Present at the Flood. By Richard E. Dickerson. Sunderland, Mass.: Sinauer Associates, Inc., 2005. Pp. 307. Price (paperback) US$ 36.95. ISBN 0-87893-168-6.
Keywords: book review.
First you should know something of the author. Richard `Dick' Dickerson was a participant in some of the early computational crystallography on myoglobin whilst a post-doc in Cambridge. This, when a significant amount of the world wide available computing resource was devoted to crystallographic calculations, was adventurous. The successful experience and now knowing the difference between protons and proteins set him on the career path during which he has investigated the structural biology of cytochrome proteins and their molecular evolution, protein–nucleic acid associations and perhaps the work with which he is most closely associated, the intricacies of DNA structure and interactions with drugs. So, with his credentials established for the younger readers, let us begin.
Dick Dickerson identifies the period between 1933 and 1963 as the genesis of structural molecular biology. He then tells the story of how protein structure came to be investigated by fibre diffraction, and modelled and then how the models could be tested. How DNA came into the limelight and of the race to produce the correct model of this macromolecule. Of how single crystal diffraction methods progressed and eventually revealed the structures of myoglobin and hemoglobin. And then of how, following a period of consolidation (drought) the field of structural biology took off. Perhaps this sounds like a nice little book reviewing an interesting period in science. It most certainly is not. This is a book about important science and real people who shaped a cornerstone of modern biological, chemical and biomedical research.
We often take things for granted especially in our science, as progress appears relentless. There is a risk that in our diet of facts the methods and reasoning, occasional serendipity and fate, that allowed to us obtain the facts in the first place are lost. Often, in the dryness of a scientific publication, where all aspects are clearly laid out and explained, what is missing is the sometimes chaotic reality of how and why things actually happened. What factors influenced decisions? So, with respect to structural biology some of the answers are to be found here as Dick takes us on a journey that evolves from Astbury working in Leeds, down to Kings College in London and up to Cambridge, and across the Atlantic a couple of times. The story involves a sickbed in Oxford, slabs of whale meat, conferences organised to coincide with good skiing in Austria, the speed of an owls blink, arson and sinister McCarthyism. The story encompasses chemistry, physics and biology with a little bit of politics and sociology mixed in. Human strengths are evident and some frailties are exposed; as in every aspect of life these can determine success or failure and often how contributions are remembered. The author's admiration for the many of the contributors to the story shines through. There are no villains but there are examples of arrogance, ignorance, at least one `monstrous ego', and thankfully several heroes of whom Max Perutz is perhaps foremost (my bias I suppose). Max Perutz does not get all the honours, which are shared with Pauling and Corey, Watson and Crick, and of course Bragg.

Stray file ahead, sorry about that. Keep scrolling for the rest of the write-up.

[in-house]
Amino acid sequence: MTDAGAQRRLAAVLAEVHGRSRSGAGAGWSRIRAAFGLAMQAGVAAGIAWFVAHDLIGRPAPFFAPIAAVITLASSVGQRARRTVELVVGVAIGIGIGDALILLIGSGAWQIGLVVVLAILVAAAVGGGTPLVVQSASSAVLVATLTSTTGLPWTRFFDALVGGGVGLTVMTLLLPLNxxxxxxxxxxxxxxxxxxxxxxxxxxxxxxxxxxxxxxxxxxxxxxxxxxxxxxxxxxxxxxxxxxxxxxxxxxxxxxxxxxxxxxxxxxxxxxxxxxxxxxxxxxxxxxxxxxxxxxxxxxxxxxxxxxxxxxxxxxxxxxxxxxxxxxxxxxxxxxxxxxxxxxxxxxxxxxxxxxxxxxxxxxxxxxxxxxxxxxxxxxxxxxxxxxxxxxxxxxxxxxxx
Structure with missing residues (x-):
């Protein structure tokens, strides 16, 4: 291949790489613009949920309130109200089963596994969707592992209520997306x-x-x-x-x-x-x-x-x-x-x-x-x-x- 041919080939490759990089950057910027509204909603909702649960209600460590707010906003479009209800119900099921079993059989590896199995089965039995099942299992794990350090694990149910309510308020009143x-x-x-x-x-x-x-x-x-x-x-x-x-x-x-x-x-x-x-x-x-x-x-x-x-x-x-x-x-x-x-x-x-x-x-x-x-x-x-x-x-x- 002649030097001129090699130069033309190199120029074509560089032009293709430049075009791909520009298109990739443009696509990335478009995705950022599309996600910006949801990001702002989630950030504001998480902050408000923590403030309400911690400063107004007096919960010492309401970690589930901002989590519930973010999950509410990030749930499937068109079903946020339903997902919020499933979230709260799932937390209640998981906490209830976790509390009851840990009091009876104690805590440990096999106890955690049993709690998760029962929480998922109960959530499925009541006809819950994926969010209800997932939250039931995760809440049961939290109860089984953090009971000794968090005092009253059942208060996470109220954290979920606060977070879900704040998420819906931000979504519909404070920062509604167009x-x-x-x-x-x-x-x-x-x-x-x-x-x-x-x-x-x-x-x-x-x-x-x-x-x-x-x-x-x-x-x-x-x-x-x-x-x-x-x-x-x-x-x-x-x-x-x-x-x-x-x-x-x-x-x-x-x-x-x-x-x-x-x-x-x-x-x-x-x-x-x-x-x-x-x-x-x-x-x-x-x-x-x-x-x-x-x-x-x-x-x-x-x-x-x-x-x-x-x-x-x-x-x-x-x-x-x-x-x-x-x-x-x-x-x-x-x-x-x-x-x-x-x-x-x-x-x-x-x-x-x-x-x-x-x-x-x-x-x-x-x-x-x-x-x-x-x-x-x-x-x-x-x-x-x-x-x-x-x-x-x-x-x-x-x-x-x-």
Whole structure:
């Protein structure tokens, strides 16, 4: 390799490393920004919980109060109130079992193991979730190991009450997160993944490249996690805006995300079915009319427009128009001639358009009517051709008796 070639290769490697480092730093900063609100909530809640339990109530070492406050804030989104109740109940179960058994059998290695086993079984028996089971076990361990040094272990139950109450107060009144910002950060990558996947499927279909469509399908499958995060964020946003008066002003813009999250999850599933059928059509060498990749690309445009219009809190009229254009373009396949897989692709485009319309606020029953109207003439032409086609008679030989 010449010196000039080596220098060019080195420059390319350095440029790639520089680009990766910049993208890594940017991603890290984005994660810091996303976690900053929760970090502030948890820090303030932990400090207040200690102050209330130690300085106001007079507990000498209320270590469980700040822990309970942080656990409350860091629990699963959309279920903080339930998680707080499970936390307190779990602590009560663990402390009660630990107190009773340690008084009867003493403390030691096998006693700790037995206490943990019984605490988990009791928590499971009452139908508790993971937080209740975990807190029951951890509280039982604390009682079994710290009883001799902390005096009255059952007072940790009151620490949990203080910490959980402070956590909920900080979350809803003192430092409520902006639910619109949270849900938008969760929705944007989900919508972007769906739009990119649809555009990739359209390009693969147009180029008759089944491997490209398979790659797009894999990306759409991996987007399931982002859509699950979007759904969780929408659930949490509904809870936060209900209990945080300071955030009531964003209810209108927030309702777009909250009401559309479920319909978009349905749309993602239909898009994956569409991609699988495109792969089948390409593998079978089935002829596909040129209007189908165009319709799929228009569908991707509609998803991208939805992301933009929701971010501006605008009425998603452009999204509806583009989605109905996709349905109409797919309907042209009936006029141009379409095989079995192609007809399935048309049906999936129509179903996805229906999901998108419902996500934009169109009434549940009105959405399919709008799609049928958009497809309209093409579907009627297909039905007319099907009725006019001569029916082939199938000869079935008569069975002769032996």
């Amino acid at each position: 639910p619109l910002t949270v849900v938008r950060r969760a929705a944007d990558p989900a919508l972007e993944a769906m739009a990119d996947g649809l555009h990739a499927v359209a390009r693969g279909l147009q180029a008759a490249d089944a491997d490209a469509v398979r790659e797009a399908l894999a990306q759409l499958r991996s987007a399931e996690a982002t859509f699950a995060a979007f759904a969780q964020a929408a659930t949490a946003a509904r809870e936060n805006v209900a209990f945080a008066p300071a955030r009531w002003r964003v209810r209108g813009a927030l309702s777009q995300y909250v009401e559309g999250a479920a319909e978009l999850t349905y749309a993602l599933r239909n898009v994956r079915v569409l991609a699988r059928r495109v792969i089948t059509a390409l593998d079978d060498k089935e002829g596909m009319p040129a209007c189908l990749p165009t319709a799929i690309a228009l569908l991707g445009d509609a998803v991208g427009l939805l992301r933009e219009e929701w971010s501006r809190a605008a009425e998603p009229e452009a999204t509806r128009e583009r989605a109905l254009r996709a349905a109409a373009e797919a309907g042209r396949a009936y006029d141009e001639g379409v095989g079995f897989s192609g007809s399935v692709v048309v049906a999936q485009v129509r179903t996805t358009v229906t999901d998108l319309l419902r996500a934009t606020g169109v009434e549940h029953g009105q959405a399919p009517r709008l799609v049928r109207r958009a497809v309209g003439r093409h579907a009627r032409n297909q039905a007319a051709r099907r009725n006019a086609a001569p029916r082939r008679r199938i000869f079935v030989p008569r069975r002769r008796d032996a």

Then there are the molecules themselves, which in the first place caught the attention and imagination of these talented individuals. The early attempts to address an important issue of how to represent such complex molecules are interesting to see. The images of the early models stirred my memory of the model room at the Medical Research Council Laboratory of Molecular Biology and it is delightful to see reproduction of the beautiful images produced by Irving Geis.
Different people may put the emphasis elsewhere, I for example would consider Jack Sumner's work to have been worth more details (he is mentioned) but Dick explains what is included and justifies why. In places this is a very personal account, which serves as a positive factor in making the story and the players accessible.
I like the style of incorporating some of the original literature. The strategy of placing the original papers alongside the story works well. I have some of these papers in my reprint collection, which together with early reprints on lysozyme helped educate me, and I have no doubt that other readers will find them interesting. There is clarity in the explanation of diffraction without mathematics. This may usefully help some readers understand how the important scientific results were derived. The one area that, for me, did not work were the study questions at the end of the chapters together with answers given in a section towards the end of the book. The book may have been delivered because of course work at UCLA but it is unlikely to be used to supplement other courses in quite the same way. However, the incorporation of additional details or anecdotes, as found here, would certainly liven up the driest of lectures.
My advice is read this book; there is material here that will both captivate and educate. Thank you Dick.